At 11 a.m. Friday, forecasters put Alberto 55 miles south of Cozumel, Mexico. The storm’s sustained winds were 40 mph and it was moving northeast at 6 mph. An Air Force Reserve reconnaissance aircraft is scheduled to investigate the storm Friday afternoon.
The NHC classified the storm as a “preseason subtropical storm.” While there is a difference in the classification of storms – from extratropical, to subtropical, to tropical – they are all capable of threatening life and property.
Here’s a look at the characteristics of both subtropical and tropical systems.
For more information on tropical systems, see:
Published: Saturday, May 26, 2018 @ 10:08 AM
Updated: Saturday, May 26, 2018 @ 2:01 PM
— Update 2:01 p.m. EST: CNN reports that President Donald Trump will make a live address to the nation at 7 p.m. EST after he meets with Joshua Holt at the White House.
Update 10:43 a.m. EST: Joshua Holt’s family has released a statement following the President’s announcement regarding his release from Caracas, Venezuela, calling it a “miracle.”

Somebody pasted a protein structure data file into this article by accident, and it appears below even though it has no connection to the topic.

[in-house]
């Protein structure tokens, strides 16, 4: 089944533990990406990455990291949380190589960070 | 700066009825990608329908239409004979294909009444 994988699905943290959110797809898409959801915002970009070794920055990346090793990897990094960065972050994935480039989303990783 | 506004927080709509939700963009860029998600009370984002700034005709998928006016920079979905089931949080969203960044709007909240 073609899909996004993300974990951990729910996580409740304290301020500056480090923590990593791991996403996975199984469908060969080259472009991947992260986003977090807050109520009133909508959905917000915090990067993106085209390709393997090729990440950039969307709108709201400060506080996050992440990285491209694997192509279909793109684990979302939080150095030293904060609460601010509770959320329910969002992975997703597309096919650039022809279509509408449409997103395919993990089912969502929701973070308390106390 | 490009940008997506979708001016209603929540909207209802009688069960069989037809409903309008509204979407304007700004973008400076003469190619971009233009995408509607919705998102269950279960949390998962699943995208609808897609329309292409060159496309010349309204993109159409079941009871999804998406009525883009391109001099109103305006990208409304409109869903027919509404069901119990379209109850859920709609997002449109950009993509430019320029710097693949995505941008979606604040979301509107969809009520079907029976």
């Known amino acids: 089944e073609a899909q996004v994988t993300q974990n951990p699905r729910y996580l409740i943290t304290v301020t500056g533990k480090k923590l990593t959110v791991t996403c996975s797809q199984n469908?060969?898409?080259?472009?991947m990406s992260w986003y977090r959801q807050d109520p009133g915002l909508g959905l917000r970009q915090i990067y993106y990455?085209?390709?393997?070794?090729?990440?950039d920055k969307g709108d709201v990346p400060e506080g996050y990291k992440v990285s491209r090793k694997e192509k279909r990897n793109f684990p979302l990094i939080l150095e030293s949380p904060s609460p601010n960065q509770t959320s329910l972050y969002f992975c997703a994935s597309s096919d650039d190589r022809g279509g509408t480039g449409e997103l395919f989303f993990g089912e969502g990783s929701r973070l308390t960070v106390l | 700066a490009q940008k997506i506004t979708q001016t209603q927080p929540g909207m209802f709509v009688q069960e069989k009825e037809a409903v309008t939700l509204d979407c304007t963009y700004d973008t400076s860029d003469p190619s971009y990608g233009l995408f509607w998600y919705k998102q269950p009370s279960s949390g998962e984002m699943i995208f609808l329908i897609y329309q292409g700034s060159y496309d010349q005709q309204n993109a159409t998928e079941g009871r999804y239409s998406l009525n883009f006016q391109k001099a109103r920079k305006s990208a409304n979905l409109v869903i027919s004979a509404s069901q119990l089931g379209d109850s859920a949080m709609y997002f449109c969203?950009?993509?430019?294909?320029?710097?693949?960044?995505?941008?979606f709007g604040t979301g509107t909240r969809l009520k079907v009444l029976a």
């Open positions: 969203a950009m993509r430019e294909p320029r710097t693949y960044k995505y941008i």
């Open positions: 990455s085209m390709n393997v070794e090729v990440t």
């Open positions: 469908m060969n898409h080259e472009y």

The Holt family stated:
“We thank you for your collaboration during this time of anguish,” the Associated Press reports. “We ask that you allow us to meet with our son and his wife before giving any interviews or statements. We are grateful to all who participated in this miracle.”
President Trump tweeted he is looking forward to meeting the family at the White House on Saturday night.
Looking forward to seeing Joshua Holt this evening in the White House. The great people of Utah are Celebrating!— Donald J. Trump (@realDonaldTrump) May 26, 2018
Original story: Joshua Holt, an American from Utah jailed in Venezuela for over two years without trial, is expected to be released and return to the United States Saturday night.
President Donald Trump tweeted that Holt was a “hostage” in the socialist country.
Holt is expected to arrive in Washington D.C., around 7 p.m. on Saturday night and will be reunited with his family at the White House.
Good news about the release of the American hostage from Venezuela. Should be landing in D.C. this evening and be in the White House, with his family, at about 7:00 P.M. The great people of Utah will be very happy!— Donald J. Trump (@realDonaldTrump) May 26, 2018
Holt is a Mormon missionary from Utah who was jailed in 2016 after traveling to Venezuela to marry a woman he met online, according to The New York Times.
He was accused of stockpiling weapons and arrested.
Holt has been held in a Caracas jail since 2016.
Senator Orrin Hatch (R-Utah) posted a statement on Twitter, saying Holt’s release is the result of a two-year effort working with the Trump and Obama administrations and Nicolas Maduro, the president of Venezuela.